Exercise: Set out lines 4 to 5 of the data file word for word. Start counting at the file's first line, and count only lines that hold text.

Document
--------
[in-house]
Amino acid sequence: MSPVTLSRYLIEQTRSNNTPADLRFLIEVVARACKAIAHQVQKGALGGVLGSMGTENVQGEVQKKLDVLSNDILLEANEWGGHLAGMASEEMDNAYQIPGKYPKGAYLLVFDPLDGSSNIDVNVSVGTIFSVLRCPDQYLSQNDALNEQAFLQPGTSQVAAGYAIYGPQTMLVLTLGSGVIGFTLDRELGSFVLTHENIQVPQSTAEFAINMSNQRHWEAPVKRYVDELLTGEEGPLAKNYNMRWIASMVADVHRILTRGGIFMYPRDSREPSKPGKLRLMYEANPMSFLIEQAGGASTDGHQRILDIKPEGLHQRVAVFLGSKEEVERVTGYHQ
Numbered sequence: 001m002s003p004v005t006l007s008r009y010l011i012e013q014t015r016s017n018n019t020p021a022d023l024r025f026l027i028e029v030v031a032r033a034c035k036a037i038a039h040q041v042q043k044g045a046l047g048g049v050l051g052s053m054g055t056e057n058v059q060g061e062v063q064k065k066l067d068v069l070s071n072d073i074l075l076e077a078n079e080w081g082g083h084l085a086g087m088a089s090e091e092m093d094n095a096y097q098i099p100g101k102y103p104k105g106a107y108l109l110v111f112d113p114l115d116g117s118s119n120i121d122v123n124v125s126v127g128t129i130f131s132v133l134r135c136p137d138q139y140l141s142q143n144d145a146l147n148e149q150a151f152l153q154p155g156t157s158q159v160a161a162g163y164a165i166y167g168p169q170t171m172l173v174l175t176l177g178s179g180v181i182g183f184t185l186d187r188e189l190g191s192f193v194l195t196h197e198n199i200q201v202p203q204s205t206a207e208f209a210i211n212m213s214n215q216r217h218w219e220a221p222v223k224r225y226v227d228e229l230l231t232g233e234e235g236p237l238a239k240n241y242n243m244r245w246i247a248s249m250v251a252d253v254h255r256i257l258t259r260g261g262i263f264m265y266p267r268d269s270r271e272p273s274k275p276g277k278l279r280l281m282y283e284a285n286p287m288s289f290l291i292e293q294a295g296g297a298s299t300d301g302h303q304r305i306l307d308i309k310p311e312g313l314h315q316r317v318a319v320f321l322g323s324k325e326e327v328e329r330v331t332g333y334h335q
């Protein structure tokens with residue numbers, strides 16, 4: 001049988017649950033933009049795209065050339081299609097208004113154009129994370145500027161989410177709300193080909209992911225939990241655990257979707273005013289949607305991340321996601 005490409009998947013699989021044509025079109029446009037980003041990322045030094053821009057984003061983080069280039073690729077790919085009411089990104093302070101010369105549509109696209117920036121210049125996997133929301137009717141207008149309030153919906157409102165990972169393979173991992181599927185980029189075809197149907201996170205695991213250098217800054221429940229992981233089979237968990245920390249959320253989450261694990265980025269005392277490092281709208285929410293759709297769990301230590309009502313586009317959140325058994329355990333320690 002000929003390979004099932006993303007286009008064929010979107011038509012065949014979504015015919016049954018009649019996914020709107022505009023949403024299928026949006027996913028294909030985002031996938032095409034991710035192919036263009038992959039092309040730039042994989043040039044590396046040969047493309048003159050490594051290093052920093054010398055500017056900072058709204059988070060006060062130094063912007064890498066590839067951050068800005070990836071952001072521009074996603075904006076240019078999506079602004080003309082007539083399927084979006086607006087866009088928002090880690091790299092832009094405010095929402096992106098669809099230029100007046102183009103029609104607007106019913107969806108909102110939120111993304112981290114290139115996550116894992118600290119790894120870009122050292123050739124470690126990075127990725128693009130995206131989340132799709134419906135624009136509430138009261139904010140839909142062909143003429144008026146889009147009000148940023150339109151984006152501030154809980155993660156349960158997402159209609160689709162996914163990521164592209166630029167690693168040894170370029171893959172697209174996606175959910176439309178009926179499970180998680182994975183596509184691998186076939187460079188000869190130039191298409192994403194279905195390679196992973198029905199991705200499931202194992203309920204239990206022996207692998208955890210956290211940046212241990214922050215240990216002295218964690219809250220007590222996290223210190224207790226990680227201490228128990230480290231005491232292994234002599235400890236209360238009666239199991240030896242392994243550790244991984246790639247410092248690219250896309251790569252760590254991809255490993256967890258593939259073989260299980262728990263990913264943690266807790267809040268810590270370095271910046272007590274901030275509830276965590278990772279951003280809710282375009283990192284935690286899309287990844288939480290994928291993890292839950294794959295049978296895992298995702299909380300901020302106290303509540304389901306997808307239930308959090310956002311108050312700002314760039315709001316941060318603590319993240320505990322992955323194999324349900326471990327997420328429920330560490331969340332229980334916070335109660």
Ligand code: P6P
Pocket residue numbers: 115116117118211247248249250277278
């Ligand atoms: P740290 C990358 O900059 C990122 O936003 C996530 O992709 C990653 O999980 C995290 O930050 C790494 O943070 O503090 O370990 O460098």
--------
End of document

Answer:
């Protein structure tokens with residue numbers, strides 16, 4: 001049988017649950033933009049795209065050339081299609097208004113154009129994370145500027161989410177709300193080909209992911225939990241655990257979707273005013289949607305991340321996601 005490409009998947013699989021044509025079109029446009037980003041990322045030094053821009057984003061983080069280039073690729077790919085009411089990104093302070101010369105549509109696209117920036121210049125996997133929301137009717141207008149309030153919906157409102165990972169393979173991992181599927185980029189075809197149907201996170205695991213250098217800054221429940229992981233089979237968990245920390249959320253989450261694990265980025269005392277490092281709208285929410293759709297769990301230590309009502313586009317959140325058994329355990333320690 002000929003390979004099932006993303007286009008064929010979107011038509012065949014979504015015919016049954018009649019996914020709107022505009023949403024299928026949006027996913028294909030985002031996938032095409034991710035192919036263009038992959039092309040730039042994989043040039044590396046040969047493309048003159050490594051290093052920093054010398055500017056900072058709204059988070060006060062130094063912007064890498066590839067951050068800005070990836071952001072521009074996603075904006076240019078999506079602004080003309082007539083399927084979006086607006087866009088928002090880690091790299092832009094405010095929402096992106098669809099230029100007046102183009103029609104607007106019913107969806108909102110939120111993304112981290114290139115996550116894992118600290119790894120870009122050292123050739124470690126990075127990725128693009130995206131989340132799709134419906135624009136509430138009261139904010140839909142062909143003429144008026146889009147009000148940023150339109151984006152501030154809980155993660156349960158997402159209609160689709162996914163990521164592209166630029167690693168040894170370029171893959172697209174996606175959910176439309178009926179499970180998680182994975183596509184691998186076939187460079188000869190130039191298409192994403194279905195390679196992973198029905199991705200499931202194992203309920204239990206022996207692998208955890210956290211940046212241990214922050215240990216002295218964690219809250220007590222996290223210190224207790226990680227201490228128990230480290231005491232292994234002599235400890236209360238009666239199991240030896242392994243550790244991984246790639247410092248690219250896309251790569252760590254991809255490993256967890258593939259073989260299980262728990263990913264943690266807790267809040268810590270370095271910046272007590274901030275509830276965590278990772279951003280809710282375009283990192284935690286899309287990844288939480290994928291993890292839950294794959295049978296895992298995702299909380300901020302106290303509540304389901306997808307239930308959090310956002311108050312700002314760039315709001316941060318603590319993240320505990322992955323194999324349900326471990327997420328429920330560490331969340332229980334916070335109660």
Ligand code: P6P